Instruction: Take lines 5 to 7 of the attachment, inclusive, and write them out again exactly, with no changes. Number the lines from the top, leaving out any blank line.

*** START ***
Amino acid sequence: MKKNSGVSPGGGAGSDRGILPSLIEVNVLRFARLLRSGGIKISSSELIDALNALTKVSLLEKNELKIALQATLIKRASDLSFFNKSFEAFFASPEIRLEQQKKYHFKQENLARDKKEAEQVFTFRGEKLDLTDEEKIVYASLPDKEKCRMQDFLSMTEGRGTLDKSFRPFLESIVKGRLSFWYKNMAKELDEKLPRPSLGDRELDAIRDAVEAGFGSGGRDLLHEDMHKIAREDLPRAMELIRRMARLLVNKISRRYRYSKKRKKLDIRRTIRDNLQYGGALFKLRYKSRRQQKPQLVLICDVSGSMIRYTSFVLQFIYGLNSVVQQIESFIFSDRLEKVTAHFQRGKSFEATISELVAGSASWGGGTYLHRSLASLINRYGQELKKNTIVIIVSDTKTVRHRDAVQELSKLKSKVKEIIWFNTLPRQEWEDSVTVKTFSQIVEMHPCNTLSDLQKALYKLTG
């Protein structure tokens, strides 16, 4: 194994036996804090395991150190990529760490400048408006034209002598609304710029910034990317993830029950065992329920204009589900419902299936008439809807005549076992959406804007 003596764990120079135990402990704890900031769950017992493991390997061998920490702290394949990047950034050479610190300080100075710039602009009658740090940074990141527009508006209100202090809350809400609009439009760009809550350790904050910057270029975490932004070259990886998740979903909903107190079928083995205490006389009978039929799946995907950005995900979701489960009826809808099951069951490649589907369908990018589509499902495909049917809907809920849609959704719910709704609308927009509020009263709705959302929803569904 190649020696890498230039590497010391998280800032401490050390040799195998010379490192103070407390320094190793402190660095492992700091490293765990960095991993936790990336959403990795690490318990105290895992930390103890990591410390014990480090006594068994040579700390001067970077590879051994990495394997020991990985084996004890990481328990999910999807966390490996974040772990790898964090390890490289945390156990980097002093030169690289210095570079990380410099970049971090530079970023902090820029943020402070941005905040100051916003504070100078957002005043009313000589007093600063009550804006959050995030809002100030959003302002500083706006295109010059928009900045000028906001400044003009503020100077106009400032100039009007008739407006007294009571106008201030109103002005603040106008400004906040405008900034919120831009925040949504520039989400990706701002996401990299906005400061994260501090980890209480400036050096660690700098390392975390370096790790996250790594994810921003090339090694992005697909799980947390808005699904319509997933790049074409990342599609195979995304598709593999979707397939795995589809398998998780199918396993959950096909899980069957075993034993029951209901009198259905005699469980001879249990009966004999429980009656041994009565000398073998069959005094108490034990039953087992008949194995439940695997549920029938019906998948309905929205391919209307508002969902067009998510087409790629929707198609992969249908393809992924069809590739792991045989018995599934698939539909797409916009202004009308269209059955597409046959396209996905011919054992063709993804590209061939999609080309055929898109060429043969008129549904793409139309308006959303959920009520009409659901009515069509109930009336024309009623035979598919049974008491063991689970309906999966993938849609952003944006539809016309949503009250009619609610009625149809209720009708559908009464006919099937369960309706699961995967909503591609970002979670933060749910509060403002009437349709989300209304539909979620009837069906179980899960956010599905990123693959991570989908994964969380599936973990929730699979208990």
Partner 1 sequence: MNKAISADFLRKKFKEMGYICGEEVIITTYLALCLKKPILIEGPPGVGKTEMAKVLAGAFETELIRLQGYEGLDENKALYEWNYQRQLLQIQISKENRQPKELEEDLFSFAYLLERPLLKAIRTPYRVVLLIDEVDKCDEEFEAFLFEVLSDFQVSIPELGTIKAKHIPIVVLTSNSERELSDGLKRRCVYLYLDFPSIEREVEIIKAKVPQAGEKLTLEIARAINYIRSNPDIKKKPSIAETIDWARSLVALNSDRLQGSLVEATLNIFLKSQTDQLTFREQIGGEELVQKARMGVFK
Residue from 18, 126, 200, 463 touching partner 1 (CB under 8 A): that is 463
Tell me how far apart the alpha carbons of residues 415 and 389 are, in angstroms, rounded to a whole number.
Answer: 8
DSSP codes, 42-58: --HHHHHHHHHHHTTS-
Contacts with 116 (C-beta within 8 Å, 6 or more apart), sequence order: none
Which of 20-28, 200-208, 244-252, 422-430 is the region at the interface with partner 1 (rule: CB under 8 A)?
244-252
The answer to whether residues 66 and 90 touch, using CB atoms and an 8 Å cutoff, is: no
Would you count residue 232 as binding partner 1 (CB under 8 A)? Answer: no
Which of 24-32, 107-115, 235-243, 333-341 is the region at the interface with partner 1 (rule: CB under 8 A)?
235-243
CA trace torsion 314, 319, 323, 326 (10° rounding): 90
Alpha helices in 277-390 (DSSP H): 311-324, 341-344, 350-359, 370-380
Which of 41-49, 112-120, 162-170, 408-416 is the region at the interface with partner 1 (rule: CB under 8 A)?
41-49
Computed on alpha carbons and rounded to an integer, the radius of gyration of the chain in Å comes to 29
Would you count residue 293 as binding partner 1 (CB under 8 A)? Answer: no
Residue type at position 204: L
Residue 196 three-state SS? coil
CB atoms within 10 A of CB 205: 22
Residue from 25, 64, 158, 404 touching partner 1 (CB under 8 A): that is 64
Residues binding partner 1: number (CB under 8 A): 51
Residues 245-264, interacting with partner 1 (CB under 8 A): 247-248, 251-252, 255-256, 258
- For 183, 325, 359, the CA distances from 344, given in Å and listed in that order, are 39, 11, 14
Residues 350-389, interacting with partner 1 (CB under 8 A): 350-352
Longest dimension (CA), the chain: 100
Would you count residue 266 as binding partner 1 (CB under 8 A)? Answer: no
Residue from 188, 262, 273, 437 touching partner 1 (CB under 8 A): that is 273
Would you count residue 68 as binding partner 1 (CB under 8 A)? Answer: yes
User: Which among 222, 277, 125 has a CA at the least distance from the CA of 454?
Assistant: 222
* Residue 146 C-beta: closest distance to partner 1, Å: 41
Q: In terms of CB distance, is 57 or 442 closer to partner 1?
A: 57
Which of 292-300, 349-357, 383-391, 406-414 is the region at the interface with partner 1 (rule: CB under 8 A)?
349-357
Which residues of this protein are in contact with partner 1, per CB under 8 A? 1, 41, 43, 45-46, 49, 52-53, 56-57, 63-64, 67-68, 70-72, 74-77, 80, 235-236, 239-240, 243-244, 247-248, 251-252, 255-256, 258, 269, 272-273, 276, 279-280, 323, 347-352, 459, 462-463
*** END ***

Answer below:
Tell me how far apart the alpha carbons of residues 415 and 389 are, in angstroms, rounded to a whole number.
Answer: 8
DSSP codes, 42-58: --HHHHHHHHHHHTTS-